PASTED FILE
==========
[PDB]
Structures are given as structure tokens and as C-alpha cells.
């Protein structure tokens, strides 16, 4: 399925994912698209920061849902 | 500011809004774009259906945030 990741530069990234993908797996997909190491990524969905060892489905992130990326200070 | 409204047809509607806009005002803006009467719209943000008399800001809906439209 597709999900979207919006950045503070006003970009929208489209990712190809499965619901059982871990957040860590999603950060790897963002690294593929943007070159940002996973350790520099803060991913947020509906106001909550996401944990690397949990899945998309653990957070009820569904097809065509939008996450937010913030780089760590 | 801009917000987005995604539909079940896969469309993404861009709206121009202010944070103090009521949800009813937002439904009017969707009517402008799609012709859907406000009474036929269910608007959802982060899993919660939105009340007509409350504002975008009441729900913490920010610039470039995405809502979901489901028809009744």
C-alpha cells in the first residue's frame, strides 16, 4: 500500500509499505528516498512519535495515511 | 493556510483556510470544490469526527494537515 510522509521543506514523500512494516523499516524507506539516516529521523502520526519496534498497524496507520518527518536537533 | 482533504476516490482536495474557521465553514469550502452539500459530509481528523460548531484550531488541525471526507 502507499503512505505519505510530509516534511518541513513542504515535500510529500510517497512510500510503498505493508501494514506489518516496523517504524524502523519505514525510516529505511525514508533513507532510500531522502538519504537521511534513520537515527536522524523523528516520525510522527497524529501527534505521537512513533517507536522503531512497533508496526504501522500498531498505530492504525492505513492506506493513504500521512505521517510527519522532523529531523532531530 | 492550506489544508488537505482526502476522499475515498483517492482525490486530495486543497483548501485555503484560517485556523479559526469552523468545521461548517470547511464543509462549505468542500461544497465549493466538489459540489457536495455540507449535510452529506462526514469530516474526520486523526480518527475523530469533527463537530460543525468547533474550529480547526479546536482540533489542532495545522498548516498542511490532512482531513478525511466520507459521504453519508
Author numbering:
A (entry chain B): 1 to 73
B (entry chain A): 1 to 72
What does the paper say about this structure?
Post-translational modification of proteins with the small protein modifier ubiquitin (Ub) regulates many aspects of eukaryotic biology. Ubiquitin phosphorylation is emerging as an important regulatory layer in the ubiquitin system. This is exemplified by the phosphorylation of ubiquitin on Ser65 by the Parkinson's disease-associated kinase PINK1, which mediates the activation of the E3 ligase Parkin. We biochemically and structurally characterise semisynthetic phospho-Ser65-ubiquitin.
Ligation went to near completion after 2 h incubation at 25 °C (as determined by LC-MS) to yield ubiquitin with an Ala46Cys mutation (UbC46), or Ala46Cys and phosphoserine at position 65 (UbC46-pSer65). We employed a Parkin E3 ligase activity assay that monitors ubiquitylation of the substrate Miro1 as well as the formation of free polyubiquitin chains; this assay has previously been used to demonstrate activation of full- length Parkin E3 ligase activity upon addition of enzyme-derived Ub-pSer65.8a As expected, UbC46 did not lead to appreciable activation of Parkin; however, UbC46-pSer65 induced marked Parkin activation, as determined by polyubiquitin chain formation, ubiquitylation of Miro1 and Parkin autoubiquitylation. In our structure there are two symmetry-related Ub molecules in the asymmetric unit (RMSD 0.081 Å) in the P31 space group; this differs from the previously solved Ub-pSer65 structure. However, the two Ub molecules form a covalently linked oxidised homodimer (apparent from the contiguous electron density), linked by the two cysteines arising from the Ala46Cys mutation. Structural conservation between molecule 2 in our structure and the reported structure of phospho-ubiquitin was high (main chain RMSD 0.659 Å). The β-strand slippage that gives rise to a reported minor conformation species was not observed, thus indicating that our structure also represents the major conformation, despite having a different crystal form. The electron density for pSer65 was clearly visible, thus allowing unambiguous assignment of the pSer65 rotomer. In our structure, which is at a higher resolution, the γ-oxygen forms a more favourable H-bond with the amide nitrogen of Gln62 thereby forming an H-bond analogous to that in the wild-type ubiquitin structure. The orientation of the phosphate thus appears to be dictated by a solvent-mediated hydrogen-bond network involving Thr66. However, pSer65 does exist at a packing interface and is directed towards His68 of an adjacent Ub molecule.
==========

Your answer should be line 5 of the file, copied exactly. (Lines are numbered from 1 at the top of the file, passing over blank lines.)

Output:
Author numbering: